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The Endogeneity of OECD Gasoline Taxes: Evidence from Pair-Wise, Heterogeneous Panel Long-Run Causality Tests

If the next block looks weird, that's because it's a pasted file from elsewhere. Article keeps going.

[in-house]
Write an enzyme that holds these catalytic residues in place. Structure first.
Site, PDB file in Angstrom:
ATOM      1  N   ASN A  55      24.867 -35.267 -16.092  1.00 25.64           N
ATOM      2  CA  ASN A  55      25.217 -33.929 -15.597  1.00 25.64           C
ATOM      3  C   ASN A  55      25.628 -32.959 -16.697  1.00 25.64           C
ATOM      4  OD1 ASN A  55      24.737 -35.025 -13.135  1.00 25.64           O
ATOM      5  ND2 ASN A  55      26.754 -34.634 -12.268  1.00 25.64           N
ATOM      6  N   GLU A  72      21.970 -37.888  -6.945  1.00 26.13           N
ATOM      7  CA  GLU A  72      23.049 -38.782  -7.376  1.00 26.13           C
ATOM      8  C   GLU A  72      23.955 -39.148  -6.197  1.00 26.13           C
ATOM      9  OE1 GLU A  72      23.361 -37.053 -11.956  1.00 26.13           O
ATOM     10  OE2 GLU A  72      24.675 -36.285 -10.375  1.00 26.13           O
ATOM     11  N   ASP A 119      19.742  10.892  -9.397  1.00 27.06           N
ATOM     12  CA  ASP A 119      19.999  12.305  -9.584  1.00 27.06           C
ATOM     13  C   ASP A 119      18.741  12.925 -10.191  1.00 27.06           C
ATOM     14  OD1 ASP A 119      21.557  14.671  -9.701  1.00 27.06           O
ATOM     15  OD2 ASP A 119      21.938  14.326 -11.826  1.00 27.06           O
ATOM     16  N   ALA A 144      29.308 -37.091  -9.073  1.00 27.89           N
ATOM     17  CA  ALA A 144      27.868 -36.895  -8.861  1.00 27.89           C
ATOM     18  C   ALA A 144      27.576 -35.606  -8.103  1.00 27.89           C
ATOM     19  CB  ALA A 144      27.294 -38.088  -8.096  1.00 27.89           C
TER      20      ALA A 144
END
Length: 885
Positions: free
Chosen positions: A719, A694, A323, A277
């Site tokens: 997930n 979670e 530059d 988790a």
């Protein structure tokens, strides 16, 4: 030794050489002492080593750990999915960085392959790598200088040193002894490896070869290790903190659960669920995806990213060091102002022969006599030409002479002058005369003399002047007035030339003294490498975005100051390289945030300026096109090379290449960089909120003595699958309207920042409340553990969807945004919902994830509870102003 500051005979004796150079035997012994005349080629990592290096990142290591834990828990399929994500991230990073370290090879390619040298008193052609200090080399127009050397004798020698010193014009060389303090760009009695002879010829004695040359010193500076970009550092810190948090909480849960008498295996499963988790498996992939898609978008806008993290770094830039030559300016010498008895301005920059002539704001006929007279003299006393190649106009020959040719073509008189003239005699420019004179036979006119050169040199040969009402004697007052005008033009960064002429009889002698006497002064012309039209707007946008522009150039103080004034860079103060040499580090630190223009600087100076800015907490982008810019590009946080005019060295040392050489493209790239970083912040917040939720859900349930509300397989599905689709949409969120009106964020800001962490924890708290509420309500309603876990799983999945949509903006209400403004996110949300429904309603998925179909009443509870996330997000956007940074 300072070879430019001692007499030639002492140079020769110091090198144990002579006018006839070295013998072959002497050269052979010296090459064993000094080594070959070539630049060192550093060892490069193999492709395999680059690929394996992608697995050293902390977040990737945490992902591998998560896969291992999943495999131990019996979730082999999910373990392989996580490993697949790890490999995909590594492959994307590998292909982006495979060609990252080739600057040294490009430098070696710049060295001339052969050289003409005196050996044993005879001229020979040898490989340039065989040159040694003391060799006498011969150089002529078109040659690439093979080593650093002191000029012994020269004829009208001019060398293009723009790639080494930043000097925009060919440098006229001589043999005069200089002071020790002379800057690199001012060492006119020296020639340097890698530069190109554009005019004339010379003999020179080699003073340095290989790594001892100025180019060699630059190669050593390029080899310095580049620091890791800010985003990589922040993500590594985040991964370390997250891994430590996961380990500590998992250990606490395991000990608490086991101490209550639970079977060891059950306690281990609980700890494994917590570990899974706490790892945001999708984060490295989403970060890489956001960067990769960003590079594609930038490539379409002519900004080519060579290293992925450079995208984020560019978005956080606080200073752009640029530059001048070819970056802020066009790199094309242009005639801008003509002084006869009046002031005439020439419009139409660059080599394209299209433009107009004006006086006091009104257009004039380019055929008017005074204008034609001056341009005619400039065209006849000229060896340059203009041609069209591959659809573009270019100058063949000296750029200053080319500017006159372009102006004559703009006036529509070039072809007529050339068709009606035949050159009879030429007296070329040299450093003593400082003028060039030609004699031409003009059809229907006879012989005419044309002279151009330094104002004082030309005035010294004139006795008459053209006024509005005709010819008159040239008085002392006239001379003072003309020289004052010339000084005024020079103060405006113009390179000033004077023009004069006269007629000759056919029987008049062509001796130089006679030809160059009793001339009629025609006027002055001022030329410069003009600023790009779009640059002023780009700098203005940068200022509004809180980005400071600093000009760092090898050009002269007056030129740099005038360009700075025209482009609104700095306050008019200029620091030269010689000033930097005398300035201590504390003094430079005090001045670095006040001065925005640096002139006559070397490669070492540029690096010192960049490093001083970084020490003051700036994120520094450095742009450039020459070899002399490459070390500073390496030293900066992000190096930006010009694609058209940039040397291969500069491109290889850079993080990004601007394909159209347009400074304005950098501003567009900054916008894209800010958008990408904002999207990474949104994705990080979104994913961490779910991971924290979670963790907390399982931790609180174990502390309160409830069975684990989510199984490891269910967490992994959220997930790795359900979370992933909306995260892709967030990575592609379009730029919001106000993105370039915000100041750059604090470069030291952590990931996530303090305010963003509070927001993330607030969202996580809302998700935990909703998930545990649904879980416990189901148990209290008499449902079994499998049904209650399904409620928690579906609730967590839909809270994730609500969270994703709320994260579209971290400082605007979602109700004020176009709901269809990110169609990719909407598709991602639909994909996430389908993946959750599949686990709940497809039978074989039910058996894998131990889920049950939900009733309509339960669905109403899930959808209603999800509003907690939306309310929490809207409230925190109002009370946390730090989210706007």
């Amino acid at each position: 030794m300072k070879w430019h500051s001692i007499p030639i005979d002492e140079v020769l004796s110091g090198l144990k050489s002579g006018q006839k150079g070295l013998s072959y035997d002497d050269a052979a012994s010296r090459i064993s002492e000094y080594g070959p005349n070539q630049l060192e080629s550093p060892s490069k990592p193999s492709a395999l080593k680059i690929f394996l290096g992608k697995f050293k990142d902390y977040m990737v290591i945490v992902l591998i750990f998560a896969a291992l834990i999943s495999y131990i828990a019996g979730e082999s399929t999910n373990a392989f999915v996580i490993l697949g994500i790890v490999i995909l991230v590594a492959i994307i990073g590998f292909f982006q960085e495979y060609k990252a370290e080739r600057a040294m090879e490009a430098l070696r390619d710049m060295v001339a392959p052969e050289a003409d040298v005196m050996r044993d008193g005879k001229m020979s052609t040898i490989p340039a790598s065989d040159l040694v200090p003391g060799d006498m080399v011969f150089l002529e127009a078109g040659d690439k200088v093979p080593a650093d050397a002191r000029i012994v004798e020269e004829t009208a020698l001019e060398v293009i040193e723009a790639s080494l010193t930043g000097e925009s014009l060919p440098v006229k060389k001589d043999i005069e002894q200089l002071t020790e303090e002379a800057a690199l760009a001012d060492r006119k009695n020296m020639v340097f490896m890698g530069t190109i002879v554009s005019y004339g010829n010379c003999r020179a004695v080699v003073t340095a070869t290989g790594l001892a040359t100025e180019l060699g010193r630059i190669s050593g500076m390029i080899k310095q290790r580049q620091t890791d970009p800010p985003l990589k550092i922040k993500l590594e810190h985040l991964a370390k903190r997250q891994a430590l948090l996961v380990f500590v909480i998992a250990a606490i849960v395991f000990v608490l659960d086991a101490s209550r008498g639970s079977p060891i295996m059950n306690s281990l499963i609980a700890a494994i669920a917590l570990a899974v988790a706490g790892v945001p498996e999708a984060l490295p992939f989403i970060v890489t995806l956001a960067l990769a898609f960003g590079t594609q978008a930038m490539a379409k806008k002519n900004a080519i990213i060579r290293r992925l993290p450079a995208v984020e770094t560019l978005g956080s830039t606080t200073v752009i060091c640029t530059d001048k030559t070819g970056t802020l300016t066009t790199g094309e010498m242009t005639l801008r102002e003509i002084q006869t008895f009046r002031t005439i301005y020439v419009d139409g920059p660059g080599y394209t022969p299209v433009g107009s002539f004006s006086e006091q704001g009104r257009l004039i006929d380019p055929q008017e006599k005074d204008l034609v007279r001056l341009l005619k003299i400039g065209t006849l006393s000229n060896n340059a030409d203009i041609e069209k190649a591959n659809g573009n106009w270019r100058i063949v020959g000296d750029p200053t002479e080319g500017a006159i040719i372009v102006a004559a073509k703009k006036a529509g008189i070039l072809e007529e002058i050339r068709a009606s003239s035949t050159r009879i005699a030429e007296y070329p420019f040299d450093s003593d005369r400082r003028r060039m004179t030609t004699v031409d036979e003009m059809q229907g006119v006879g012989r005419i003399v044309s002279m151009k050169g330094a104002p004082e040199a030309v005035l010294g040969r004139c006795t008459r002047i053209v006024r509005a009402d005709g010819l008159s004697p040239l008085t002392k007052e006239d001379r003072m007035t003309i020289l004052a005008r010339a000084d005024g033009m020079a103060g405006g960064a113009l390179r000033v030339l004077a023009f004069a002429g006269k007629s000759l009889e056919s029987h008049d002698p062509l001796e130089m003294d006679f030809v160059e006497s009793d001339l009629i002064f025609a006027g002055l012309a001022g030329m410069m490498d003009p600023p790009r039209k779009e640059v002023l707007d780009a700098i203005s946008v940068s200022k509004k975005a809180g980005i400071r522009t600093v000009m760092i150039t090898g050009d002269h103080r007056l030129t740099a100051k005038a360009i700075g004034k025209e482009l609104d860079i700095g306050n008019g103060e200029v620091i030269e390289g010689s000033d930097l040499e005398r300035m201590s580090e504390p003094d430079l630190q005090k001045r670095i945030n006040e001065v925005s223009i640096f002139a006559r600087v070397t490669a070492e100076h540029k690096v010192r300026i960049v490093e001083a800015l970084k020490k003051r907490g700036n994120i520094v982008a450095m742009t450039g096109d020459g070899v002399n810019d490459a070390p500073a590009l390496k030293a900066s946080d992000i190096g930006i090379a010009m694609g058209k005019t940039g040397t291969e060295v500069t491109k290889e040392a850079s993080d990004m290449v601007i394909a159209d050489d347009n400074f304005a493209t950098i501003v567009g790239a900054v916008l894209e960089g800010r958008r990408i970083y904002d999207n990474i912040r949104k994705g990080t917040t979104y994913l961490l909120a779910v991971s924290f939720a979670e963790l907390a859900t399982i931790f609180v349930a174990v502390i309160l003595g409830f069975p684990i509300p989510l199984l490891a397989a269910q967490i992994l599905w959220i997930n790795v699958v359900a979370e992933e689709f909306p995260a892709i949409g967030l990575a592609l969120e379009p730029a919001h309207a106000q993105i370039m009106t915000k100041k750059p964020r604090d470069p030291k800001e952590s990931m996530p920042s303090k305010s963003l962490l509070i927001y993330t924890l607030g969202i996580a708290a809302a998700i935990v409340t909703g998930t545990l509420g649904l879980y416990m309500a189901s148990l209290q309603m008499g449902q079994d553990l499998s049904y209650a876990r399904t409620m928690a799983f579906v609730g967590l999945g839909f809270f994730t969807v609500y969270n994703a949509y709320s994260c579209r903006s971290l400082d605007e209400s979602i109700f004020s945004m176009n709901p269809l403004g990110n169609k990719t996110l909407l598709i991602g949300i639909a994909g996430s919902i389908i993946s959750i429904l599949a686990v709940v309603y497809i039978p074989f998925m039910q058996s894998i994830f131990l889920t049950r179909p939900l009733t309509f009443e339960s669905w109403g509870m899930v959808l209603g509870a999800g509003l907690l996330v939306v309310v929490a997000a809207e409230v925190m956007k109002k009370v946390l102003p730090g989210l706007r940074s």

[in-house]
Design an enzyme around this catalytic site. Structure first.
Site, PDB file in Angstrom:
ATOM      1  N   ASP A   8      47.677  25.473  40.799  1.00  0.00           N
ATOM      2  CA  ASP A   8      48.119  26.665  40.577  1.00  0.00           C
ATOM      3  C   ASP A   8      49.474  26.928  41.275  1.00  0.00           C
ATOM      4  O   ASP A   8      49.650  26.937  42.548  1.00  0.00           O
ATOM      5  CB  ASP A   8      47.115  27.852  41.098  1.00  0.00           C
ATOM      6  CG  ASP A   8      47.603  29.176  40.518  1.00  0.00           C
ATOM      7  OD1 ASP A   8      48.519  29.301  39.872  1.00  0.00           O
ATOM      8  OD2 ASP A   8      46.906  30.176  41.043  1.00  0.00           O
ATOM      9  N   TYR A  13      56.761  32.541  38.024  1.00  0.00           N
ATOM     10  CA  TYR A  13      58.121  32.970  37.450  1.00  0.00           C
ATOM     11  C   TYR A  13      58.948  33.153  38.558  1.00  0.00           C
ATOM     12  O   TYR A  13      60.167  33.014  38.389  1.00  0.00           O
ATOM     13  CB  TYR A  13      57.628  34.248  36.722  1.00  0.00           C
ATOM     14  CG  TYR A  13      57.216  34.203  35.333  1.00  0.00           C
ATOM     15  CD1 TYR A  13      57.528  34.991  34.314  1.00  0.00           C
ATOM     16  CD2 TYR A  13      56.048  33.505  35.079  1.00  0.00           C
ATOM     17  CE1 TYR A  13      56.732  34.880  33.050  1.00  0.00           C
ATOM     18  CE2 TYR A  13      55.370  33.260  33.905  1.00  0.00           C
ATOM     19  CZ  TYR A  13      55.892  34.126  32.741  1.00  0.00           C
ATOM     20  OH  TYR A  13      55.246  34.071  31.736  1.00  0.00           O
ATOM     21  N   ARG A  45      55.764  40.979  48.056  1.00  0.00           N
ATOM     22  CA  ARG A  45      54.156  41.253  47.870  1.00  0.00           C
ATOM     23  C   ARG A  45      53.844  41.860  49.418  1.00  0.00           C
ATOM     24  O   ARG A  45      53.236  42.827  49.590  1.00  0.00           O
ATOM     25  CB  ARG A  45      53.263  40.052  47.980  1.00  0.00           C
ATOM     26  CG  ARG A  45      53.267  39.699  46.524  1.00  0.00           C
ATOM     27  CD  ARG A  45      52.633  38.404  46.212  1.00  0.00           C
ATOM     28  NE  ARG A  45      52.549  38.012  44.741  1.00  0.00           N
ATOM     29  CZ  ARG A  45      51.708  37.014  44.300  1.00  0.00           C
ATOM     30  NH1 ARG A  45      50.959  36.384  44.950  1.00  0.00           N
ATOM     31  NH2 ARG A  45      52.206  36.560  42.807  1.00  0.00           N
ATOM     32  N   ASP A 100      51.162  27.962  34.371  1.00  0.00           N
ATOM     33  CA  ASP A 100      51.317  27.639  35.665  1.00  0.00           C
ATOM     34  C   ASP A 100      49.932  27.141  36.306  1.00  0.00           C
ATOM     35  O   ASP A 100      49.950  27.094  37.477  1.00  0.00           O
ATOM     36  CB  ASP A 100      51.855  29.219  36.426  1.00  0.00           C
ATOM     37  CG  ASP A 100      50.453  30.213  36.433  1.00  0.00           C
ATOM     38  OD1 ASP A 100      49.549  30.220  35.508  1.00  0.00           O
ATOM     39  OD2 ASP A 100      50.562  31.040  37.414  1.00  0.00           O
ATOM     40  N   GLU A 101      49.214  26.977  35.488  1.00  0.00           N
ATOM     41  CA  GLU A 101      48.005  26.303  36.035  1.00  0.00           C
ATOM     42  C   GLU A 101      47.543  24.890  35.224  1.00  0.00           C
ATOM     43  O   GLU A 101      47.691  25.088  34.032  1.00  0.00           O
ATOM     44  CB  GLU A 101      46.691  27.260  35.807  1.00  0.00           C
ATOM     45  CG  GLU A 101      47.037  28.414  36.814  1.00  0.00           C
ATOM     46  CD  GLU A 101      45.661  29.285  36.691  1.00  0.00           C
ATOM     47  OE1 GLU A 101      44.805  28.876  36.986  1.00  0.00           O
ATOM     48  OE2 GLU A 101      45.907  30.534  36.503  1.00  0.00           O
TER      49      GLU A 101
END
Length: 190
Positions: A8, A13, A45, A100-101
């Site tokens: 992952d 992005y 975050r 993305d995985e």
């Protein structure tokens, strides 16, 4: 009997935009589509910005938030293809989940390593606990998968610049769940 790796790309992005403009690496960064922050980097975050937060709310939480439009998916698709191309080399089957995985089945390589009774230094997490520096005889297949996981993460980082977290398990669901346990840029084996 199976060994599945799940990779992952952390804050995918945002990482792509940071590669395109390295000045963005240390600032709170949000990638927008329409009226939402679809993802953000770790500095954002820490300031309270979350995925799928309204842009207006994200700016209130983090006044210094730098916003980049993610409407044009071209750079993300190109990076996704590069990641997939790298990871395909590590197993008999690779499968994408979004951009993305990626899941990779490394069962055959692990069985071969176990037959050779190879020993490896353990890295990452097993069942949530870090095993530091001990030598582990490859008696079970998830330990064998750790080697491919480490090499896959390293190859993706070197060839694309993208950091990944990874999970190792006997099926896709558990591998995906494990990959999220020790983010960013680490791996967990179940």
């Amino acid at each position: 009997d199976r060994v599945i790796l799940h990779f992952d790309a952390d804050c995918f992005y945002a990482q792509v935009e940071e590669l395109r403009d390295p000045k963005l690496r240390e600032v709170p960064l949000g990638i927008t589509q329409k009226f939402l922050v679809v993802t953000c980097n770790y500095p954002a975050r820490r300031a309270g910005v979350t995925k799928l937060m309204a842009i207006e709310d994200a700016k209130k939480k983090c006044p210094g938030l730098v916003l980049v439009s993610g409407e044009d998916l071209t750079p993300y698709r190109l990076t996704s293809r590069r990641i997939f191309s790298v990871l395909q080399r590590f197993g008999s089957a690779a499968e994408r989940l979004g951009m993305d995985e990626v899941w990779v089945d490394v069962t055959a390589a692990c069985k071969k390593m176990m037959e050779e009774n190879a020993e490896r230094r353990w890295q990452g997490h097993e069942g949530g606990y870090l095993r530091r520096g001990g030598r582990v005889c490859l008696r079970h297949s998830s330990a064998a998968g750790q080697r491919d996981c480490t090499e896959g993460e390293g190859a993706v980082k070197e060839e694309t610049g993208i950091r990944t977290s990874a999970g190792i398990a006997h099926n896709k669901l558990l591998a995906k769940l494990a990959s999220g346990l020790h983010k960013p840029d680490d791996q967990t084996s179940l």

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Abstract: Despite the current interest in using fuel taxes as an instrument for climate policy, there has been little study of current automotive fuel tax regimes. We expand on two earlier cross-sectional studies on why fuel taxes differ across countries by using OECD panel data and employing heterogeneous panel cointegration and long-run panel Granger-causality techniques. We confirm some of those earlier studies’ conclusions. Further, we find that governments that rely on consumption-based taxes for revenues will have higher gasoline tax rates (than governments that rely on income and wealth property-based taxes). But more significantly, we determine that higher gasoline demand among consumers “causes” democratic governments to set lower gasoline taxes — a finding with important implications for today’s climate energy policy debate.

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